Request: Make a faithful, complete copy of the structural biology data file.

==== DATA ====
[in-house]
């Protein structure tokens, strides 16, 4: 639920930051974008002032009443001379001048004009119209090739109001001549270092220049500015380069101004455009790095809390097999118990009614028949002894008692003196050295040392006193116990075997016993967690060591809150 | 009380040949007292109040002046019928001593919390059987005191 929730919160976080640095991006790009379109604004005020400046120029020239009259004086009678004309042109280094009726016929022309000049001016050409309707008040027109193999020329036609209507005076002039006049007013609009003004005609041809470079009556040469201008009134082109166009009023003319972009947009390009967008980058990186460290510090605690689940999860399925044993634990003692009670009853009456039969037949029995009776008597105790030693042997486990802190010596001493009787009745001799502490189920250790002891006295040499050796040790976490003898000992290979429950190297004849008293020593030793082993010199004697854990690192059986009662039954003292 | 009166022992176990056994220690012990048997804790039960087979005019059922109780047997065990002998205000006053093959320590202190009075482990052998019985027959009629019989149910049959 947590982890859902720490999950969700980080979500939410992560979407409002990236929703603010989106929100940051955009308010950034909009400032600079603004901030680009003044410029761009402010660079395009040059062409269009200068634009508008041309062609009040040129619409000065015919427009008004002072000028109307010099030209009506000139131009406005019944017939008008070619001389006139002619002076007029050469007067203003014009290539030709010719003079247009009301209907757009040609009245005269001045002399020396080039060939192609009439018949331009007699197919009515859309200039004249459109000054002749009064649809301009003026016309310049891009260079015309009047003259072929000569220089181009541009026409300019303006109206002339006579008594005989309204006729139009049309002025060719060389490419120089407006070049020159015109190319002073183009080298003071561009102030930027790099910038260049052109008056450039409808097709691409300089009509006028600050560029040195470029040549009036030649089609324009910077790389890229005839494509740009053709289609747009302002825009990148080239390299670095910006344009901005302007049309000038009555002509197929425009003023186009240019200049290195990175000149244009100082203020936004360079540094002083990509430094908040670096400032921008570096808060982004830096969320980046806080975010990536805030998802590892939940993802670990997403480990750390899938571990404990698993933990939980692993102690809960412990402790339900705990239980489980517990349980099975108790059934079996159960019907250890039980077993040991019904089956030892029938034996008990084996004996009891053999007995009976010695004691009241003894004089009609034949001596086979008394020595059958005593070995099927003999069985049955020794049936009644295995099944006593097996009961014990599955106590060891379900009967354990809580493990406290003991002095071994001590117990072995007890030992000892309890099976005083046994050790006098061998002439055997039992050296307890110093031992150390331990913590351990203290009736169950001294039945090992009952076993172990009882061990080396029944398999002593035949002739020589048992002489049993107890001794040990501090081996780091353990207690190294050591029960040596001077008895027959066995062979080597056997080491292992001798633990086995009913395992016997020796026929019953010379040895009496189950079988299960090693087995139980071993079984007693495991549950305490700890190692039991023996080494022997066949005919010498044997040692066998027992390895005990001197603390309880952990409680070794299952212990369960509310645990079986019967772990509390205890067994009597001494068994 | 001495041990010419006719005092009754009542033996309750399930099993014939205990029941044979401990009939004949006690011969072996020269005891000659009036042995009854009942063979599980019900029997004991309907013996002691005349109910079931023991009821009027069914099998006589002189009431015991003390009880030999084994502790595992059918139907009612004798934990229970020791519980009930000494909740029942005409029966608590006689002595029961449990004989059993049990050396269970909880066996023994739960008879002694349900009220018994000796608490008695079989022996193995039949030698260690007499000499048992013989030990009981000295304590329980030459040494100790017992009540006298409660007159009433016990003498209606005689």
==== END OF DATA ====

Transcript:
[in-house]
């Protein structure tokens, strides 16, 4: 639920930051974008002032009443001379001048004009119209090739109001001549270092220049500015380069101004455009790095809390097999118990009614028949002894008692003196050295040392006193116990075997016993967690060591809150 | 009380040949007292109040002046019928001593919390059987005191 929730919160976080640095991006790009379109604004005020400046120029020239009259004086009678004309042109280094009726016929022309000049001016050409309707008040027109193999020329036609209507005076002039006049007013609009003004005609041809470079009556040469201008009134082109166009009023003319972009947009390009967008980058990186460290510090605690689940999860399925044993634990003692009670009853009456039969037949029995009776008597105790030693042997486990802190010596001493009787009745001799502490189920250790002891006295040499050796040790976490003898000992290979429950190297004849008293020593030793082993010199004697854990690192059986009662039954003292 | 009166022992176990056994220690012990048997804790039960087979005019059922109780047997065990002998205000006053093959320590202190009075482990052998019985027959009629019989149910049959 947590982890859902720490999950969700980080979500939410992560979407409002990236929703603010989106929100940051955009308010950034909009400032600079603004901030680009003044410029761009402010660079395009040059062409269009200068634009508008041309062609009040040129619409000065015919427009008004002072000028109307010099030209009506000139131009406005019944017939008008070619001389006139002619002076007029050469007067203003014009290539030709010719003079247009009301209907757009040609009245005269001045002399020396080039060939192609009439018949331009007699197919009515859309200039004249459109000054002749009064649809301009003026016309310049891009260079015309009047003259072929000569220089181009541009026409300019303006109206002339006579008594005989309204006729139009049309002025060719060389490419120089407006070049020159015109190319002073183009080298003071561009102030930027790099910038260049052109008056450039409808097709691409300089009509006028600050560029040195470029040549009036030649089609324009910077790389890229005839494509740009053709289609747009302002825009990148080239390299670095910006344009901005302007049309000038009555002509197929425009003023186009240019200049290195990175000149244009100082203020936004360079540094002083990509430094908040670096400032921008570096808060982004830096969320980046806080975010990536805030998802590892939940993802670990997403480990750390899938571990404990698993933990939980692993102690809960412990402790339900705990239980489980517990349980099975108790059934079996159960019907250890039980077993040991019904089956030892029938034996008990084996004996009891053999007995009976010695004691009241003894004089009609034949001596086979008394020595059958005593070995099927003999069985049955020794049936009644295995099944006593097996009961014990599955106590060891379900009967354990809580493990406290003991002095071994001590117990072995007890030992000892309890099976005083046994050790006098061998002439055997039992050296307890110093031992150390331990913590351990203290009736169950001294039945090992009952076993172990009882061990080396029944398999002593035949002739020589048992002489049993107890001794040990501090081996780091353990207690190294050591029960040596001077008895027959066995062979080597056997080491292992001798633990086995009913395992016997020796026929019953010379040895009496189950079988299960090693087995139980071993079984007693495991549950305490700890190692039991023996080494022997066949005919010498044997040692066998027992390895005990001197603390309880952990409680070794299952212990369960509310645990079986019967772990509390205890067994009597001494068994 | 001495041990010419006719005092009754009542033996309750399930099993014939205990029941044979401990009939004949006690011969072996020269005891000659009036042995009854009942063979599980019900029997004991309907013996002691005349109910079931023991009821009027069914099998006589002189009431015991003390009880030999084994502790595992059918139907009612004798934990229970020791519980009930000494909740029942005409029966608590006689002595029961449990004989059993049990050396269970909880066996023994739960008879002694349900009220018994000796608490008695079989022996193995039949030698260690007499000499048992013989030990009981000295304590329980030459040494100790017992009540006298409660007159009433016990003498209606005689």